Department says facility activities not compromised
Posted March 1, 2009
In early February, the U.S. Department of Agriculture announced it had placed 19 employees at its federal laboratory campus in Ames, Iowa, on administrative leave as part of an investigation into whether veterinary credentials were used to buy discount human medications for personal use.
The drugs the employees are said to have ordered were medications that could be used by humans, such as antibiotics, antihypertensives, pain relievers, and vitamins.
Agriculture Secretary Tom Vilsack called the allegations "a very serious situation" requiring immediate and decisive action. There is no evidence that the alleged activities interfered with any test results or other official laboratory activities, Vilsack said.
Three USDA laboratories are located on the Ames federal campus. The National Veterinary Services Laboratories and Center for Veterinary Biologics are part of the Animal and Plant Health Inspection Service; the National Animal Disease Center is part of the Agricultural Research Service.
Of the 19 employees, 17 worked with APHIS and two with the ARS. Additional staff may be implicated in the ongoing investigation, according to the USDA.
Although the drugs were being filled offsite, the USDA wouldn't comment on where that was occurring or whether multiple pharmacies were involved.
In a letter to Vilsack, AVMA President James O. Cook wrote that the AVMA condemned the alleged actions "of a few individuals who appear to have acted outside the ethical standards of the veterinary medical profession."
"In doing so, these individuals have damaged the image of our profession and the reputation of a truly world class laboratory," Dr. Cook wrote.
The Principles of Veterinary Medical Ethics of the AVMA state that it is unethical and a federal offense for a veterinarian to prescribe drugs without a veterinarian-client-patient relationship.
Citing privacy concerns, few details about the employees have been made public. Cindy Smith, USDA's acting deputy undersecretary of marketing and regulatory programs, said a mix of veterinarians and nonveterinarians working in supervisory and nonsupervisory positions have been implicated.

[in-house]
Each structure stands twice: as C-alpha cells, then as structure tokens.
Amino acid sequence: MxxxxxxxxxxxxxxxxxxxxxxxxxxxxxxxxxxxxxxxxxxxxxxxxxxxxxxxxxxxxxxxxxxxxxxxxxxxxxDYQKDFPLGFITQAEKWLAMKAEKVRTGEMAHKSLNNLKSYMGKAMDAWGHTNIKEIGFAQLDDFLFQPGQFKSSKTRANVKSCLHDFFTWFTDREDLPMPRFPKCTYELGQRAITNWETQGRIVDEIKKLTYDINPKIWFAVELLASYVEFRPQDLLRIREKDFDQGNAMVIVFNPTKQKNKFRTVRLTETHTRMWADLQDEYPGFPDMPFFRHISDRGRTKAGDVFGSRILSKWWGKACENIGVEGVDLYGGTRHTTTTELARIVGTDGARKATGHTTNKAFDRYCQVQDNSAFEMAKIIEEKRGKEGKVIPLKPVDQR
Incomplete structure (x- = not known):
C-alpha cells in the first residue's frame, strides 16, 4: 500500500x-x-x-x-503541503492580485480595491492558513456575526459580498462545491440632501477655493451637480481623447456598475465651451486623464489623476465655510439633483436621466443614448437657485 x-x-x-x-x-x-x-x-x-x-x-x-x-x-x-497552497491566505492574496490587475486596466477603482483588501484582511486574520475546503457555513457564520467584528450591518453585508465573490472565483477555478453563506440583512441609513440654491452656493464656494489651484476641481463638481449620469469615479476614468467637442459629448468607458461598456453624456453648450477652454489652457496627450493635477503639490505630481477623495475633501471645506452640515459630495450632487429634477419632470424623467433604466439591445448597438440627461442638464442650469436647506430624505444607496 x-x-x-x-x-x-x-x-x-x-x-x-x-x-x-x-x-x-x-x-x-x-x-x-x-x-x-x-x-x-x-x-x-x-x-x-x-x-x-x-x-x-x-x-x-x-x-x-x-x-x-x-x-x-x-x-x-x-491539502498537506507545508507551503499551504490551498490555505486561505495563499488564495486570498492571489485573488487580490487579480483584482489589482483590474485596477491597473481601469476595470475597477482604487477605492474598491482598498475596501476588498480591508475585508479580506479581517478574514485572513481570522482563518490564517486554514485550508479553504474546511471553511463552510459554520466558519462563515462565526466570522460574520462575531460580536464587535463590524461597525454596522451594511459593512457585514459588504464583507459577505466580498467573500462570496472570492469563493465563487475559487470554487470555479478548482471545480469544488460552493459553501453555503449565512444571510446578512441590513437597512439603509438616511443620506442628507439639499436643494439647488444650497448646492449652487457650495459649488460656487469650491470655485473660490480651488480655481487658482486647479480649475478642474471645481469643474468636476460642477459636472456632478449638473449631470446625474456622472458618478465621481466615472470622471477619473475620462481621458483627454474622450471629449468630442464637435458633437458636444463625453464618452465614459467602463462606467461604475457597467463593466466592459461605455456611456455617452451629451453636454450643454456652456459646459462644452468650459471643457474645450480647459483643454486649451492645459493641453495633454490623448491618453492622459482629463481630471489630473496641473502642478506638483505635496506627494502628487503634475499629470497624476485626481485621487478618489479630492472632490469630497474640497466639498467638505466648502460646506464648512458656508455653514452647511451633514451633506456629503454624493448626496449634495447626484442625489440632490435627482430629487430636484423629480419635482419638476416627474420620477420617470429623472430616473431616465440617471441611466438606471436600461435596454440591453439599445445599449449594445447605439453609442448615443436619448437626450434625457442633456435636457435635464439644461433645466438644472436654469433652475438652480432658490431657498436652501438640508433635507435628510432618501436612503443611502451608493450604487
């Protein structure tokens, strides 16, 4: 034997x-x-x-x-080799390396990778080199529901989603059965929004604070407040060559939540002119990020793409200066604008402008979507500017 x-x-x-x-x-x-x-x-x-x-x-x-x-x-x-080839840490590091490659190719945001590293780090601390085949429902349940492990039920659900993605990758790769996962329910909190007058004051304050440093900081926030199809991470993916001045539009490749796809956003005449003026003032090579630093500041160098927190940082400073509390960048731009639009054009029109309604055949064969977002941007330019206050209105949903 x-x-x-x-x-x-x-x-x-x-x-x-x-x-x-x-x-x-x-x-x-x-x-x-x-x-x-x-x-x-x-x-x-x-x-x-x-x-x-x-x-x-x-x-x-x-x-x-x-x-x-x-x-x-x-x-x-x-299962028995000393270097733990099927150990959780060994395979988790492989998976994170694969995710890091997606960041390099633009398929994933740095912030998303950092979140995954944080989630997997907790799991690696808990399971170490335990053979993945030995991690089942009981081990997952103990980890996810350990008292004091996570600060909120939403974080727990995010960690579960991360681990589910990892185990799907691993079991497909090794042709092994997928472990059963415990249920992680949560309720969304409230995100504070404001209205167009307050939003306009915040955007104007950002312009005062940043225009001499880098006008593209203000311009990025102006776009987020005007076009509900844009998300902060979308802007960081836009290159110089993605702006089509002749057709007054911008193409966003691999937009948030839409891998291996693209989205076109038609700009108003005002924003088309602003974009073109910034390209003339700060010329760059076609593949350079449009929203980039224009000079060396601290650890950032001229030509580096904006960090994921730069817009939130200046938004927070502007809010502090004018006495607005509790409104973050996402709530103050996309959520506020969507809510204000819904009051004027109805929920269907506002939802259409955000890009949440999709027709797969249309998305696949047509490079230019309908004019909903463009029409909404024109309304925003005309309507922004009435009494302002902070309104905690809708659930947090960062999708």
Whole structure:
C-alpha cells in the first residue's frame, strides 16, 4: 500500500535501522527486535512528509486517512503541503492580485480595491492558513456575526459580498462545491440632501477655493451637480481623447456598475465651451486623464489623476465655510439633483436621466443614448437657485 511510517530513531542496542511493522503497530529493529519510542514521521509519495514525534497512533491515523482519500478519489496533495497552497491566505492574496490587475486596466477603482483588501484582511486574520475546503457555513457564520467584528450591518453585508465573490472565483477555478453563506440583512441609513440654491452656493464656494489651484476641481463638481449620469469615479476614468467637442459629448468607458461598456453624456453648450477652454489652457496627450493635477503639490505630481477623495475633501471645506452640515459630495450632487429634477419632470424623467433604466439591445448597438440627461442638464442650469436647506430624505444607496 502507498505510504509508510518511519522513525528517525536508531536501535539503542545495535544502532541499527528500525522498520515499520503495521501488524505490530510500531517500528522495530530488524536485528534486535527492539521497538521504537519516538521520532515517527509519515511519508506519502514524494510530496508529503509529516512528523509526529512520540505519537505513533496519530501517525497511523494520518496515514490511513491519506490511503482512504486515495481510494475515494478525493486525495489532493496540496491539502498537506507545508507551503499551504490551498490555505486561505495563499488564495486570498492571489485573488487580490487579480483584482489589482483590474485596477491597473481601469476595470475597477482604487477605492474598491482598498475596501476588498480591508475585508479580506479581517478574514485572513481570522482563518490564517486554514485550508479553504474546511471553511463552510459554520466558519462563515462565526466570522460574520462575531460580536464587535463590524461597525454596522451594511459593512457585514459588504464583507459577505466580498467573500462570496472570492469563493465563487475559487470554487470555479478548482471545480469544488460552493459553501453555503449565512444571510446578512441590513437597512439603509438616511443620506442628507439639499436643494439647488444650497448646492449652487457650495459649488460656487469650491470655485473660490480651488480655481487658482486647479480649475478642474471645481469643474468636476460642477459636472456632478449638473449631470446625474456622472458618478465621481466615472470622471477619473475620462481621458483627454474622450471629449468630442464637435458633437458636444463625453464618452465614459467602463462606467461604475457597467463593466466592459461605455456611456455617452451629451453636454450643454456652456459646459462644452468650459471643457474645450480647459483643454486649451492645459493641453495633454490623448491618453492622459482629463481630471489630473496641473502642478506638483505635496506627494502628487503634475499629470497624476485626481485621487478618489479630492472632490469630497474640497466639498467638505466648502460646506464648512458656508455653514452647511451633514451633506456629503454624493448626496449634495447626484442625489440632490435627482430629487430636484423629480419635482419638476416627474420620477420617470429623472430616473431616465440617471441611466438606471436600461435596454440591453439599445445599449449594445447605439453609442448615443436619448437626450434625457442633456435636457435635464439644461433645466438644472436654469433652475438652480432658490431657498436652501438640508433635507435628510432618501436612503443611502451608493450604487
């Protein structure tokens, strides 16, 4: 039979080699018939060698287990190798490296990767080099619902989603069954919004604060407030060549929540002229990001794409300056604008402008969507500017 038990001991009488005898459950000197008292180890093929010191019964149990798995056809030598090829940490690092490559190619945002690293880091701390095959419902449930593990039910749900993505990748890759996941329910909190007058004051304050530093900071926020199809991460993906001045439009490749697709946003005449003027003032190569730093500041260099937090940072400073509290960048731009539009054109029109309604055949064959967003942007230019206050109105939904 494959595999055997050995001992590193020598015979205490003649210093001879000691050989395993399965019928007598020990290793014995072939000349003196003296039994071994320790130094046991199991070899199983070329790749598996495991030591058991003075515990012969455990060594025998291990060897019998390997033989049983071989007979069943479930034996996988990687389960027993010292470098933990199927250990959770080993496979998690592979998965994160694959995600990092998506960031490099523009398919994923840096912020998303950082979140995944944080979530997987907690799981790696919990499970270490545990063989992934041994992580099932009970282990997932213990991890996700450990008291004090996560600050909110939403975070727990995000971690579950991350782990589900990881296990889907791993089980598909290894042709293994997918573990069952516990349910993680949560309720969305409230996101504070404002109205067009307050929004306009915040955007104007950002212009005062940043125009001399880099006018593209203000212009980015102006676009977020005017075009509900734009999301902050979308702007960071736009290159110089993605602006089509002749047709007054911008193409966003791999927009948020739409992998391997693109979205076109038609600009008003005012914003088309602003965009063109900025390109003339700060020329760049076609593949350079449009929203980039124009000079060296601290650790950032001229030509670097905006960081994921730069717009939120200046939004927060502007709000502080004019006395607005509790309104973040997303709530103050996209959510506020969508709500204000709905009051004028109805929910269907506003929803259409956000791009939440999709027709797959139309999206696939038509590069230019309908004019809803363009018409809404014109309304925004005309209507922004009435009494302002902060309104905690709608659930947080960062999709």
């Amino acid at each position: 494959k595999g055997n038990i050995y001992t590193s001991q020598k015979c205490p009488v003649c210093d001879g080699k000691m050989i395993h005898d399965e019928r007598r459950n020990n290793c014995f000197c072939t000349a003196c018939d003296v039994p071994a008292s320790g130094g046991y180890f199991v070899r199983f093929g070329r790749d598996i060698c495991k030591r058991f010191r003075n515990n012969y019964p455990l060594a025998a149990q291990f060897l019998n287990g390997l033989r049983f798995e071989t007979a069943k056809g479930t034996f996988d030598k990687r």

Those individuals placed on administrative leave were involved in obtaining the medications or receiving the drugs, or they were aware of what the others were doing, Smith explained.
"(T)hese individuals have damaged the image of our profession and the reputation of a truly world class laboratory."
— DR. JAMES O. COOK, AVMA PRESIDENT
"What we understand was happening was some people had put a mechanism in place to purchase these medications and distribute them to colleagues at work or family members. It was for personal use, it wasn't to resell them," Smith said.
The practice appears to have been going on for more than 20 years, she added.
The alleged misconduct came to light back in January 2008 when an APHIS supervisor was evaluating the conduct of an employee. In that process, a forensic check of the employee's computer indicated that veterinary credentials had been used to purchase the medications.
APHIS turned the information over to the USDA Office of Inspector General and requested that an investigation be started, Smith said. She wouldn't comment on whether a criminal investigation was also under way.
The USDA commissioned third-party reviews of the laboratory processes at the Ames facility and of the management processes. The laboratory review is complete and "affirmed for us that the laboratory is generally functioning very well and successfully fulfilling its responsibilities," Smith said.
The management review had not been completed as of press time in February. To the extent permitted by concerns of privacy and security, both reviews will be eventually made available to the public.